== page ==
We are the DDB: The Max Planck Institute for the History of Science in Berlin

Logo des MPIWGThe Max-Planck-Institut für Wissenschaftsgeschichte (Max Planck Institute for the History of Science – MPIWG) is one of eighty research institutes in the natural sciences, social sciences, and humanities administered by the Max Planck Society. Based in Berlin, it was established in 1994 as an international research center for the history of science in Germany. The MPIWG is dedicated to the study of the history of science: its aim is to understand scientific thinking and practice as historical phenomena.

The research encompasses nearly 5000 years of human history and draws on a wide variety of sources. These not only include books and manuscripts, but also images, charts, drawings, instruments, laboratory protocols, machinery and archaeological artifacts. The MPIWG is involved in collaborations with scientists, historians of art and architecture, jurists, archaeologists and museum curators all around the globe. The Institute particularly supports the use of modern computer technology and the development of virtual research environments in the humanities.

The MPIWG strongly supports the „Berliner Erklärung über den offenen Zugang zu wissenschaftlichem Wissen" (2003) on Open Access to Knowledge in the Sciences and Humanities (2003). Research findings, as well as underlying research materials and scientific metadata of the highest technical quality are made freely available via the specifically developed open access infrastructure „ECHO – Cultural Heritage Online".

Here sources are incorporated into an electronic open source environment that enables a scientific adaption and exploitation, as well as the annotation and publication of research data along with source materials. With this, the MPIWG has pioneered new ways to publish and disseminate its research findings and related sources. Since 2011, these scientific source comments are also made freely available in the new open-access series „Edition Open Access”. Research findings, relevant sources and comments can be experienced in a new format, combining the advantages of traditional publications and the digital medium. The volumes are available as downloadable free PDF or eBooks, or as printed books via print-on-demand.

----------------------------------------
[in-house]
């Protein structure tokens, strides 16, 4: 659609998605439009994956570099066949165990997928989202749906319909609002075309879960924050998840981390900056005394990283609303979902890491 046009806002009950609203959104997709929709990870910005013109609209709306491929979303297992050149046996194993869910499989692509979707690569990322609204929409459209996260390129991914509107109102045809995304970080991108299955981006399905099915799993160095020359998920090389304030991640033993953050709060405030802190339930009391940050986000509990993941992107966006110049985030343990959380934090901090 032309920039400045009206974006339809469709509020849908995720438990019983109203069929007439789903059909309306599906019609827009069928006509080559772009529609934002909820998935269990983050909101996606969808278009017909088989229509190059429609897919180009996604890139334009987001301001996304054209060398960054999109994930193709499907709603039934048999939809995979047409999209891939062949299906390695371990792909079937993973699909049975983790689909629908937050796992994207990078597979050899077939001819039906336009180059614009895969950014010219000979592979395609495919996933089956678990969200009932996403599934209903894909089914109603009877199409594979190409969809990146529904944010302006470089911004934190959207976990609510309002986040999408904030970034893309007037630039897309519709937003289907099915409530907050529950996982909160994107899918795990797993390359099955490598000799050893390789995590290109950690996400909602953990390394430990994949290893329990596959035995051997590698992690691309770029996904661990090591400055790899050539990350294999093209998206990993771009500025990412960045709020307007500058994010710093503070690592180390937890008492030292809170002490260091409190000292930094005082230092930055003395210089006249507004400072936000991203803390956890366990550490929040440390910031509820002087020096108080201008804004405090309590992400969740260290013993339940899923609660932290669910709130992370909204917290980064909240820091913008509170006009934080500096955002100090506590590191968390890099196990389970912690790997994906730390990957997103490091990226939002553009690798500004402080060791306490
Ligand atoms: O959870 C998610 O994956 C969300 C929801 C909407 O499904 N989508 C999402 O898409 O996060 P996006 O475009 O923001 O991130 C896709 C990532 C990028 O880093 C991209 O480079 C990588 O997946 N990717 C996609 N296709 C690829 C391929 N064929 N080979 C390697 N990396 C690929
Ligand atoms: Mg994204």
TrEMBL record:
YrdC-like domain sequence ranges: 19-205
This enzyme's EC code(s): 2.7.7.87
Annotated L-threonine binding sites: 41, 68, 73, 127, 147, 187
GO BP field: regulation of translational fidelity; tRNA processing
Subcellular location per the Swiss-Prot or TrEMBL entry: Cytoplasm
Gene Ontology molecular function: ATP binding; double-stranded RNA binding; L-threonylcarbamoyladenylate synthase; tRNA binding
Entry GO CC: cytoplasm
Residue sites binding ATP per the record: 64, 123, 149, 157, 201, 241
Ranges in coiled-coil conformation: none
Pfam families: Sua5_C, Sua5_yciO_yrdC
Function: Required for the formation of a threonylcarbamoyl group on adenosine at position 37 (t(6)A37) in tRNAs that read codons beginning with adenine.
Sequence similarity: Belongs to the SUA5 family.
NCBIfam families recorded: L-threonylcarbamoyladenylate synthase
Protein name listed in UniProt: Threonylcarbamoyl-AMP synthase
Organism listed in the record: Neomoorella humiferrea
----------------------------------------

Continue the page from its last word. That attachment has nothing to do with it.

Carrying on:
So far, the MPIWG has contributed to the DDB more than 1100 historical sources and recordings of scientific sessions with contributions of current researchers. Each source not only has its own object history, but also comes with data on the special significance for the history of science research at the MPIWG. In 2006, for example, the MPIWG Library acquired a first edition of Giovanni Battista Benedetti’s “Diversarum speculationum mathematicarum physicarum et liber” (1585). Already in itself, Benedetti's book is an important source for understanding the efforts of early modern scientist-engineers to bring the diverse heritage of ancient knowledge – especially the theories of Aristotle and Archimedes – into a meaningful relationship with one another and with contemporary mechanical knowledge. But the copy that the Institute has acquired is of particular value for our historical understanding of these relationships for another reason. It contains handwritten marginal notes by the leading mechanics expert from the generation before Galileo, Guidobaldo del Monte, the author of the most important Renaissance work on the mechanics, the “Mechanicorum liber” (1577).

Both works can be found in the Deutschen Digitalen Bibliothek. Fully digitized and scientifically researched, the sources are open to all interested parties in the electronic work environment ECHO. Here, the images and the linguistically analyzed full Latin text itself can be investigated, annotated and translated with the help of integrated dictionaries. Previous research on the development of scientific terms, concepts and worldviews based on these two historical sources has now also been published in the new series „Edition Open Access”. This way, everybody can follow up on the entire development of the pertinent research.
Further information and links:

Brief description of the research project on MPIWG: MPIWG Feature 23, The Equilibrium Controversy: A case study of the long-term development of mechanical knowledge: http://www.mpiwg-berlin.mpg.de/en/news/features/feature23

„The Equilibrium Controversy “, the source with scientific commentary as a free downloadable PDF (57 MB):

„The Equilibrium Controversy “, the source with scientific commentary as a free downloadable eBook (28 MB):

“The Equilibrium Controversy “,  the source with scientific commentary as Print-on-Demand (ISBN: 978-3-86931-959-9): http://www.epubli.de/shop/buch/The-Equilibrium-Controversy-J%C3%BCrgen-Renn-9783869319599/13032

back to News